Welcome to part two of our SCBWI-MI Mentorship Interviews! If you missed it, click here to read part one, in which we interviewed Kim Rogers, our PB prose mentor. For this installment, we talk with Leslie Helakoski, our PB verse mentor.
What is the mentorship, you ask? Great question. Every year, SCBWI-MI provides an opportunity for our members to work with a published author or illustrator who will help you not only improve your current work-in-progress, but the goal is to help you hone your craft overall. This year, we are focusing on prose and verse picture books. To learn more about our mentorships, click here.
Many of you may be familiar with Leslie, who is a former co-RA for our region. She’s also the author and illustrator of over a dozen picture books. Check out her bio on her website here.
Without further ado, enjoy this more personal glimpse of Leslie and her writing.
-Jay Whistler, Mentorship Coordinator
Mentorship Interview with Leslie Helakoski
What do you like best about writing picture books?
I’ve been playing with words ever since I was very young and I’d find the word puzzle page in Reader’s Digest. I continued to play with words while working in advertising. I even like designing with words. I love that certain words can define, set a mood, show character, or make me laugh.
What do you like least?
Marketing and self-promotion.
Describe a typical writing day.
In the morning, I tend to exercise (pickle ball, anyone?) and answer email, which includes answering questions at the national help-desk for SCBWI. That leaves me free to write creatively in the afternoon. I’ve tried many times to do creative work first, but I have to trick my head into believing I’ve got nothing else pending and am free to write for myself. I’ll often write until I notice I am uncomfortable sitting or my eyes are tired. If I am illustrating a book, I will paint all day. For weeks. I’m not fast.
Which of your books was the most fun to write? Why?
That would be…BIG CHICKENS. The story came easily—maybe because it is based on a true story—I was a very big chicken when I was young! Plus, the editor was sharp and easy to work with. It was also my first book with a major publisher (Dutton—remember them?). I met the illustrator, Henry Cole, and we became fast friends, which made creating the second two chicken books a lot of fun. The editor, Henry, and I all met in New Orleans, since the last book was set there, and took photos of settings around the city. I love collaborating on a book, especially with an illustrator whose work I adore.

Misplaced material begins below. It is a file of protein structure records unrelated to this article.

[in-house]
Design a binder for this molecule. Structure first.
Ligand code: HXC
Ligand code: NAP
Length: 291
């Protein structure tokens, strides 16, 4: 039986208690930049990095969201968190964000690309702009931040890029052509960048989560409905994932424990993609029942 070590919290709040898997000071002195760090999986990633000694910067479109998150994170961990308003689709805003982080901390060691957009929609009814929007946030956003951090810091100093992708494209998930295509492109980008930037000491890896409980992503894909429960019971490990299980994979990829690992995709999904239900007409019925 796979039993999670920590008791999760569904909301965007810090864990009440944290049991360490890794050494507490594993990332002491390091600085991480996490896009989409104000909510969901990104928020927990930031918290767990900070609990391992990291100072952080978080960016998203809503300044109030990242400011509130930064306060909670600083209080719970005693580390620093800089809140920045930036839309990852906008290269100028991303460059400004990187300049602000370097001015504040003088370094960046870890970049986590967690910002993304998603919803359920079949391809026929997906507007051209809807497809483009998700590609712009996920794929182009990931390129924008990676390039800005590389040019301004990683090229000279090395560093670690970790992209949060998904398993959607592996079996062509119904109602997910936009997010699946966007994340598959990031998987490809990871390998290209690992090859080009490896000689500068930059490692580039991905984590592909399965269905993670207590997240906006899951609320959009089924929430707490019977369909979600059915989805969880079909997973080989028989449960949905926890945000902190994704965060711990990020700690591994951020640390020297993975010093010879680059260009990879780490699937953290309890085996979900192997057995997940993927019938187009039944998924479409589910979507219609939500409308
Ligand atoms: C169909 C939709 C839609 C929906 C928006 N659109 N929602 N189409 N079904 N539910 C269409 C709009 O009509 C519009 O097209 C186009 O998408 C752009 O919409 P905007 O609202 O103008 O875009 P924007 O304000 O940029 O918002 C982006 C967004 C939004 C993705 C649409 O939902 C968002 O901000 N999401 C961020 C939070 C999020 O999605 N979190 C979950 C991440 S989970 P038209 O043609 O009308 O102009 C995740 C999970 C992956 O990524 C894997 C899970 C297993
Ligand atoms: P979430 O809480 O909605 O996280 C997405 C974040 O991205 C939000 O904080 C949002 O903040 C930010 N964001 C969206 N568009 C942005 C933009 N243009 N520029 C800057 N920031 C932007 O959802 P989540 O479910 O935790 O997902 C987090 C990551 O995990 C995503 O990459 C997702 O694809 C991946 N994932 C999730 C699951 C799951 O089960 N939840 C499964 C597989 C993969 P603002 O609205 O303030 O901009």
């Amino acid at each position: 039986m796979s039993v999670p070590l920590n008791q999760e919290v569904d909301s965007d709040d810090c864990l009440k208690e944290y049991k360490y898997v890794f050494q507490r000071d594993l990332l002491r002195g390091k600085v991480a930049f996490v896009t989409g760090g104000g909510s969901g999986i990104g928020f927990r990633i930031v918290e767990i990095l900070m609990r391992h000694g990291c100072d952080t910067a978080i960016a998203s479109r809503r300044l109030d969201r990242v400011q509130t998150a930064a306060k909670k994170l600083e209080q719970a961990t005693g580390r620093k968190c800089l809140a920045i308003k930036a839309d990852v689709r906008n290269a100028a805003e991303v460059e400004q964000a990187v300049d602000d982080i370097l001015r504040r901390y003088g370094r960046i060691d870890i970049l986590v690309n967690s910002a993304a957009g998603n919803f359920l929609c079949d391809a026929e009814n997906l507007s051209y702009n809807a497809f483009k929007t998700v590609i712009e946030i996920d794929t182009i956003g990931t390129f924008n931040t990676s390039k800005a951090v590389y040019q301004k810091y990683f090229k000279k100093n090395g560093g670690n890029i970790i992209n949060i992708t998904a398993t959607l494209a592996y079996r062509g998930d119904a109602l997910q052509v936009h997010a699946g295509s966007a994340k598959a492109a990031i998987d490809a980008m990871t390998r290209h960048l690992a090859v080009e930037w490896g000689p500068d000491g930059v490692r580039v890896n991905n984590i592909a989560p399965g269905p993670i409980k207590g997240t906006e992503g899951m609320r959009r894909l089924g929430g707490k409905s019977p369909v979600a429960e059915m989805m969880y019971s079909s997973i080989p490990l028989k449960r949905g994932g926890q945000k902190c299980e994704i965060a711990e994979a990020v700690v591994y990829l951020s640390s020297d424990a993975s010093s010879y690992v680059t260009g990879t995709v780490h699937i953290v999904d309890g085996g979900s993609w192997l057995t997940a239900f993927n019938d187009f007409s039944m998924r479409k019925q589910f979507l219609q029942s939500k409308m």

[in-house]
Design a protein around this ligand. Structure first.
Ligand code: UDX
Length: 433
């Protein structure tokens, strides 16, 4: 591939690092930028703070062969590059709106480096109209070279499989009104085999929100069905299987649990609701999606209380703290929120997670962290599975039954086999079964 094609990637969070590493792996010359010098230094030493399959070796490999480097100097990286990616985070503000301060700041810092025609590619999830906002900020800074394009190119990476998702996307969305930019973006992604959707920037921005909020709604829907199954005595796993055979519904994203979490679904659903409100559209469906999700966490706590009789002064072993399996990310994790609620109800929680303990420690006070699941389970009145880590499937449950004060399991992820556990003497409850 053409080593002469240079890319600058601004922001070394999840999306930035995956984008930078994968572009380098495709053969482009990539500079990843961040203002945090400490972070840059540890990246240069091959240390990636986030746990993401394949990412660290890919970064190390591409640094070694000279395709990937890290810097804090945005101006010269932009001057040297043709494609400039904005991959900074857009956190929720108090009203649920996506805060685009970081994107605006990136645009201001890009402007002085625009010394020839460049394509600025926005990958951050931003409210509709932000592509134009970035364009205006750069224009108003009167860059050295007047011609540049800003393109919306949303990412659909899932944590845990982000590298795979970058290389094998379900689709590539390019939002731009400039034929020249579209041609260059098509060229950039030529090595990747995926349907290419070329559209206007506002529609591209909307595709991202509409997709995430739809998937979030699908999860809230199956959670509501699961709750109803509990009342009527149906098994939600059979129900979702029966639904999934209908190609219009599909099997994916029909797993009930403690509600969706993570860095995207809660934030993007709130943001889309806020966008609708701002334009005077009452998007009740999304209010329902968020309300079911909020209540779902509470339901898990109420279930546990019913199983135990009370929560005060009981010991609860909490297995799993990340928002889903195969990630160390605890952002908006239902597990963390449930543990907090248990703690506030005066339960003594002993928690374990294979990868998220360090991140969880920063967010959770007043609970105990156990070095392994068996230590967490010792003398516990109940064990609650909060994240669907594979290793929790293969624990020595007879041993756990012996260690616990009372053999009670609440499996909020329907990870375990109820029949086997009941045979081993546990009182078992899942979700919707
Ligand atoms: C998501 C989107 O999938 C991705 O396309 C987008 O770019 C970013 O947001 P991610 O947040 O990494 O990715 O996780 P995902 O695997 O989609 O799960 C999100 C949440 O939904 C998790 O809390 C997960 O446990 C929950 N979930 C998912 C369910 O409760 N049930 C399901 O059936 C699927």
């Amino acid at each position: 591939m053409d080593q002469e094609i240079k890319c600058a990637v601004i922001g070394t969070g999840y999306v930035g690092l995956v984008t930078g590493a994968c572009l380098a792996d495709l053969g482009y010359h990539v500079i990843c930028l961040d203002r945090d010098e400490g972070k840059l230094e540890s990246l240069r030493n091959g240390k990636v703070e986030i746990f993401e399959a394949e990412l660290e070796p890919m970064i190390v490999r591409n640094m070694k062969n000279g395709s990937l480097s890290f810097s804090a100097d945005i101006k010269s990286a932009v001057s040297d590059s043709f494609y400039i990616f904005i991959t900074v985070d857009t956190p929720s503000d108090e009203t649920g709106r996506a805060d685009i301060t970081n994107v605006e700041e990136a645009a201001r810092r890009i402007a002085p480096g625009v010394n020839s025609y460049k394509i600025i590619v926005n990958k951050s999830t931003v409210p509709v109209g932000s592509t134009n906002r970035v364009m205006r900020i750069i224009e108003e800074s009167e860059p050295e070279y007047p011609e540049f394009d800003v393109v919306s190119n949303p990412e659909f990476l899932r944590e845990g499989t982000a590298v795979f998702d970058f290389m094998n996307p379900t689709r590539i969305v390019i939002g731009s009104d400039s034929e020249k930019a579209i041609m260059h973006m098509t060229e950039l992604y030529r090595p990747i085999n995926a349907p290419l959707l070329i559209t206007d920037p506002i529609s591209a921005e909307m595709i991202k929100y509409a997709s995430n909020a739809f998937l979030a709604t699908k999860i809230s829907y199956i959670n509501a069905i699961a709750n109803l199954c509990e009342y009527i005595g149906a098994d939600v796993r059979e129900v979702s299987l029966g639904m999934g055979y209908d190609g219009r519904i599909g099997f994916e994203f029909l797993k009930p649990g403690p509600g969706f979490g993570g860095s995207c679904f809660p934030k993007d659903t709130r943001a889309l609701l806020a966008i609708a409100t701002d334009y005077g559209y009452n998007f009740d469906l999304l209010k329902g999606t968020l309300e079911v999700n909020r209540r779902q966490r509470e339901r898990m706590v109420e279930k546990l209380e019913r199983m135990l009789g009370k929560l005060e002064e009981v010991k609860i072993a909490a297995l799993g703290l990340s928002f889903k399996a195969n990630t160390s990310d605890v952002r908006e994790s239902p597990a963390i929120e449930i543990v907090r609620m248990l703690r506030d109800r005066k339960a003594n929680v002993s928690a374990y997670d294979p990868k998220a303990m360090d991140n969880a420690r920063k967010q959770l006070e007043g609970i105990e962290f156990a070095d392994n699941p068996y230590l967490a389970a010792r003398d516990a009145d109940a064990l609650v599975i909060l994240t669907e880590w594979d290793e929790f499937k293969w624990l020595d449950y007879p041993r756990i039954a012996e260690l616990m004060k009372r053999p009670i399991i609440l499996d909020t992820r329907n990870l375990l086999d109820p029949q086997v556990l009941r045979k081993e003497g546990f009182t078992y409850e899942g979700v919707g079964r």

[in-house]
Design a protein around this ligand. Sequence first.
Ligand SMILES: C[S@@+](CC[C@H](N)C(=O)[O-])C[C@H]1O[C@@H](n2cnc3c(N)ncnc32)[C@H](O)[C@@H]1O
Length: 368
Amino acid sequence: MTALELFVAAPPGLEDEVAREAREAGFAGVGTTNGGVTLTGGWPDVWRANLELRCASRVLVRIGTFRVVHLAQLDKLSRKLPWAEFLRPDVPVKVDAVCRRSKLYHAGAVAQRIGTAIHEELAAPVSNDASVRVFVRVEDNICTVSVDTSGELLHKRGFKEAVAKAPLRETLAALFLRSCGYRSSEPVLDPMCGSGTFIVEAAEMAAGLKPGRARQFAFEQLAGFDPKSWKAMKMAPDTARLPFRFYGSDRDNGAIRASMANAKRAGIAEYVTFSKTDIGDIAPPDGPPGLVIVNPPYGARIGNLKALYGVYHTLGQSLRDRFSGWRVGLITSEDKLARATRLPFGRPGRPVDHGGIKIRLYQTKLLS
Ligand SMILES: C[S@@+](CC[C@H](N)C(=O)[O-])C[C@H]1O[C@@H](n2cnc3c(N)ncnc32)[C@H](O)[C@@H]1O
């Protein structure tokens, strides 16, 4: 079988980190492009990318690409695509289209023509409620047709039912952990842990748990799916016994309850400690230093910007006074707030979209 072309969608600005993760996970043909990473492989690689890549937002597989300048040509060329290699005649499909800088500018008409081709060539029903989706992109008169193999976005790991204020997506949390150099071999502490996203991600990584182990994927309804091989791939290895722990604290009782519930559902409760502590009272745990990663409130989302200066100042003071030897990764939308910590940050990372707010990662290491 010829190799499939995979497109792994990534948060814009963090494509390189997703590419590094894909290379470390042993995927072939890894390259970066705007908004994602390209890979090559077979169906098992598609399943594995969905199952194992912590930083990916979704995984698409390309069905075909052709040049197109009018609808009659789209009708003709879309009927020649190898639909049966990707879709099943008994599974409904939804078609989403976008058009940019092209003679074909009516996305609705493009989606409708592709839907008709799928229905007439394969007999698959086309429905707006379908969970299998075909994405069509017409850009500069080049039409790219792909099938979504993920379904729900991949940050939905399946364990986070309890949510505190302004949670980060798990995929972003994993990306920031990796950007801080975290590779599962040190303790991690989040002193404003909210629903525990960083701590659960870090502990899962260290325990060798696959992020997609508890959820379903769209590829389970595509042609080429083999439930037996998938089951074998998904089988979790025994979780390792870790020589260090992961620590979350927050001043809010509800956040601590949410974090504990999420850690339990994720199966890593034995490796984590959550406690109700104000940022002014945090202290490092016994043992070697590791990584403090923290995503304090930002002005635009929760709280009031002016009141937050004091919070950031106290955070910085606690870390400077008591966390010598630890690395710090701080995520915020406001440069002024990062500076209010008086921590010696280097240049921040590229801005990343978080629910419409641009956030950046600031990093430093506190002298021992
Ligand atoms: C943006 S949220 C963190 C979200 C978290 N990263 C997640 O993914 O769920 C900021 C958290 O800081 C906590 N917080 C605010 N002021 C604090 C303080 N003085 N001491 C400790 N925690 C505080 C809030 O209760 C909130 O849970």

When you’re reading for pleasure, what features of a book typically impress you the most?
In novels, it’s when I notice that I LOVE the character already, and I have to stop and look back to figure out HOW the author made me feel that way. In picture books, it’s the story. I always look for the story first.
What brings you joy?
Family, being in the woods, talking about books with writing friends.
What inspires you?
Well, sorry to be so obvious but….children, of course. I’ve always been drawn to young children. I love to watch them play and see them learn and hear them speak. When I’m writing, I imagine specific children listening, and it keeps me focused on addressing the child.
If you could travel anywhere in the world, where would it be and why?
Every time I read this question, I come up with a different place I’d love to see. Most recently I’ve been dreaming of Greece—the sun, the water, the sheer antiquity everywhere…
If you could have dinner with any person throughout history who would it be? What would you discuss?
The impressionist painter Mary Cassatt has always interested me. Not only her gorgeous work but how she navigated her career as a painter in a field of men who didn’t always recognize women, much less their artwork. She defied her father’s wishes and pursued her painting in Paris, eventually joining the impressionists. She helped open doors for other women. I think we might have tea in a flowering garden and perhaps invite her good friend Edgar Degas to join us.
What aspects of being a picture book mentor are you most looking forward to?
I’m always happy to hear new and original voices and stories. I have missed our Michigan writer’s community over the past few years, and I’m delighted to feel connected to it again in this way.
Can you tell us about any upcoming projects?
My newest upcoming book, WHEN THE RAIN CAME DOWN, with FSG, is about a community’s response to flooding on the Gulf Coast, where I grew up. It was inspired by losing our family home to high water and storms. The illustrator, Keisha Morris, is working on the art now, and it will release next winter. AND I am happy to report that I pulled a project out of my drawer a couple of weeks ago, where it’s been wallowing a loooonnng time. I revised it and sold it to a small press! GATOR’S GOOD IDEA was originally written ten years ago. The text is filled with playful Southern language. I’m already working on the illustrations and having lots of fun including all the small details that make illustrating fiction so much fun.